Earlier this month, we commented on the European Commission proposal for a Regulation accelerating existing procedures for clinical trials where medicinal products containing or consisting of Genetically Modified Organisms (GMOs) are tested for the development of vaccines and therapies to treat COVID-19. The European Commission had proposed that, during the pandemic and by derogation to the GMO regulatory framework, the requirement of a prior environmental risk assessment or consent by the national competent authorities should not apply.
Continue Reading Update: Regulation for COVID-19 clinical trials conducted with medicinal products containing or consisting of GMOs has now been adopted

On 4 May 2020, the European Medicines Agency (EMA) issued a guidance to support development and regulatory approval for treatments and vaccines for COVID-19 with the involvement of the dedicated EMA Pandemic Task Force (COVID-ETF). It sets out the available regulatory pathways to fast-track assessment of both new or repurposed methods of treating or preventing COVID-19.

Background

This guidance is part of EMA’s efforts to support the development and availability of medicinal products for COVID-19 to address this public health emergency. See also EMA’s guidance on clinical management trials (which we have summarised in a prior Advisory)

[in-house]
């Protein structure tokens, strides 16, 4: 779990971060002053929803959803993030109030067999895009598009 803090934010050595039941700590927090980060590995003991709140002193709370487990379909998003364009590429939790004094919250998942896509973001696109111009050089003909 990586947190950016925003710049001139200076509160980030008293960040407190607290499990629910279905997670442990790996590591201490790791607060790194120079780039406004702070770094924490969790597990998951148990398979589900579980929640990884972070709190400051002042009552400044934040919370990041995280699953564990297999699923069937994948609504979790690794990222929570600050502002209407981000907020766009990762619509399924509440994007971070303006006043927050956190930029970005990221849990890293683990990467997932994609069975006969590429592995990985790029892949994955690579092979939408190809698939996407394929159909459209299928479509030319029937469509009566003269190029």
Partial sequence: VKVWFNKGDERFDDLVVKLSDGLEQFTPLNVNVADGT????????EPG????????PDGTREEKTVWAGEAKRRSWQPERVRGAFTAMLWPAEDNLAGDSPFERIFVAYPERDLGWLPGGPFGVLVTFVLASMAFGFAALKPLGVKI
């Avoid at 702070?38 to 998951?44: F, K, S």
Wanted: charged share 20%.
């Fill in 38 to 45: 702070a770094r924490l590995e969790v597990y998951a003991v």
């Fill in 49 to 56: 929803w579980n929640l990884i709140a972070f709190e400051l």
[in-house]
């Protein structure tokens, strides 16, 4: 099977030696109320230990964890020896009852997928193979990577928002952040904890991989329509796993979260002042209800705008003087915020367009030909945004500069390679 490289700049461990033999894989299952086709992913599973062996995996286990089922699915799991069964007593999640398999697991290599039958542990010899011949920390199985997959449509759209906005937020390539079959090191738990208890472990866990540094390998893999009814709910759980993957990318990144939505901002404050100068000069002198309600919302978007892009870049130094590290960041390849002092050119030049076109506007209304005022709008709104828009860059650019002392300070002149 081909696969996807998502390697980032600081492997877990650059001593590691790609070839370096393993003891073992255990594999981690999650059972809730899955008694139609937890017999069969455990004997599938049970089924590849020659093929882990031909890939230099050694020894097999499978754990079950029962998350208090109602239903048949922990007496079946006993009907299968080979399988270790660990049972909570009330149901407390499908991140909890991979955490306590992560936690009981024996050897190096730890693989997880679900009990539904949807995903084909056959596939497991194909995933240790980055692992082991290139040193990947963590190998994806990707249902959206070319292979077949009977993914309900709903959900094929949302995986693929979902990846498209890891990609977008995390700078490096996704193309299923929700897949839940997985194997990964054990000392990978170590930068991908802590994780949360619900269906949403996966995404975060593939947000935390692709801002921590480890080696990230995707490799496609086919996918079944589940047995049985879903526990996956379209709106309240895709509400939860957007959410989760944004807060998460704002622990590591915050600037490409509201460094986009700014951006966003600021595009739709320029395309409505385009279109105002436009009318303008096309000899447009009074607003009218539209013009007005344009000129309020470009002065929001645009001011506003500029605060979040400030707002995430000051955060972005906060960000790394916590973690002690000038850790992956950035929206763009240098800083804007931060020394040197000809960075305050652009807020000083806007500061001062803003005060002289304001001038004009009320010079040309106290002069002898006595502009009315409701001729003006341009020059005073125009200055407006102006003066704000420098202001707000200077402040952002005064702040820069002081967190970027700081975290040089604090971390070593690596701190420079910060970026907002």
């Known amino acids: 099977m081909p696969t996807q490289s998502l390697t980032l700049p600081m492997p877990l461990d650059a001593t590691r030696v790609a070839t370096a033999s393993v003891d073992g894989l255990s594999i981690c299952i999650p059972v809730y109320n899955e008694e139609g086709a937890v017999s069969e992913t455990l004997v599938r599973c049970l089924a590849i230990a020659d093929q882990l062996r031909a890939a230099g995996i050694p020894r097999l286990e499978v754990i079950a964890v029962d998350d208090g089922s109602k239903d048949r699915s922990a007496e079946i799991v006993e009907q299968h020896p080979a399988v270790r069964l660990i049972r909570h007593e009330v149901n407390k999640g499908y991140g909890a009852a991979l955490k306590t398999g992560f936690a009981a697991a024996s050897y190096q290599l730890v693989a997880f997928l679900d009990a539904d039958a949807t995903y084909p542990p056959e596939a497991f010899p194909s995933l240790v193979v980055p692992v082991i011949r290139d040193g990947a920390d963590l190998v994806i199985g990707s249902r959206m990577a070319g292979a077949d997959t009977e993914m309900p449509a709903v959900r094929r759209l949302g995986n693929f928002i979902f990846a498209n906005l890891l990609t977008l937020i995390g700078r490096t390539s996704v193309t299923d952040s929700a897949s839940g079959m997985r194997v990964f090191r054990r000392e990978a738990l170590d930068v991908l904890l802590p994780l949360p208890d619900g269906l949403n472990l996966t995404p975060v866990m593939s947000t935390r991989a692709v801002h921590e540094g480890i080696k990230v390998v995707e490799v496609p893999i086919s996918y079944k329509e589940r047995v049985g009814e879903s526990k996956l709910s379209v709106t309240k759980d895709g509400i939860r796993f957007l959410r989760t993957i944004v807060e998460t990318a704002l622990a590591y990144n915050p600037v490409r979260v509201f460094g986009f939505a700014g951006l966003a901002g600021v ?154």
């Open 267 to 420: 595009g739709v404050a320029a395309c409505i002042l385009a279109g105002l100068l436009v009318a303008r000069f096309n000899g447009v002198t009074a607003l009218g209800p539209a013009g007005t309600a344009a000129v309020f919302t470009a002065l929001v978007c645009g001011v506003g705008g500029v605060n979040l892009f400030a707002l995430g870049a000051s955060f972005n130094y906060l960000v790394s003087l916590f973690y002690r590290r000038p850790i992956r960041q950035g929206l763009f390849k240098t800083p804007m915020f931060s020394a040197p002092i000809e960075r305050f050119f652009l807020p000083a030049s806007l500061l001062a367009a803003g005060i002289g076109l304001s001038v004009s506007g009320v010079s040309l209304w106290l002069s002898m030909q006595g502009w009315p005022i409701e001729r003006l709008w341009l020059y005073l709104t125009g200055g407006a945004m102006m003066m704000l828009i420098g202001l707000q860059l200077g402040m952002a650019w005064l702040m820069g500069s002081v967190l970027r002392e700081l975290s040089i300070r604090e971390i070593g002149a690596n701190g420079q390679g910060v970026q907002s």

This latest guidance is based on the existing and established regulatory procedures to accelerate regulatory review and approval with appropriate adaptations  in direct response to COVID-19 pandemic.
Continue Reading EMA Guidance on fast-tracking the development and approval of treatments and vaccines for COVID-19

The spread of SARS-CoV-2 has created an urgent need to scale up the production and supply of essential medical equipment, including so-called Rapidly Manufactured Ventilator Systems (RMVSs), to treat COVID-19 patients. To help meet this challenge, the UK government announced on 3 April 2020 that it will indemnify designers and manufacturers of RMVSs for claims relating to infringement of third-party intellectual property (IP) rights and for product liability claims resulting from defective equipment.

Formal notification of the two indemnities was given by the Minister for the Cabinet Office, Michael Gove, to the Public Accounts Committee on 3 April 2020.[1] In the notice, Minister Grove noted that he could not give the normal fourteen sitting days’ notice because “commercial negotiations have only just concluded and contract signature did not allow further delay”. Details of the terms of the referenced agreement have not, however, been provided, as they were said to be commercially sensitive and would continue to be until negotiations had been finalised. It is therefore not yet clear who are the parties to the agreement, whether any cap will apply to the indemnities, whether the government will offer the same terms across the board, or whether it will negotiate them in individual supply agreements.


Continue Reading UK Government Offers IP Indemnity to Designers and Manufacturers of Ventilators for COVID-19 Patients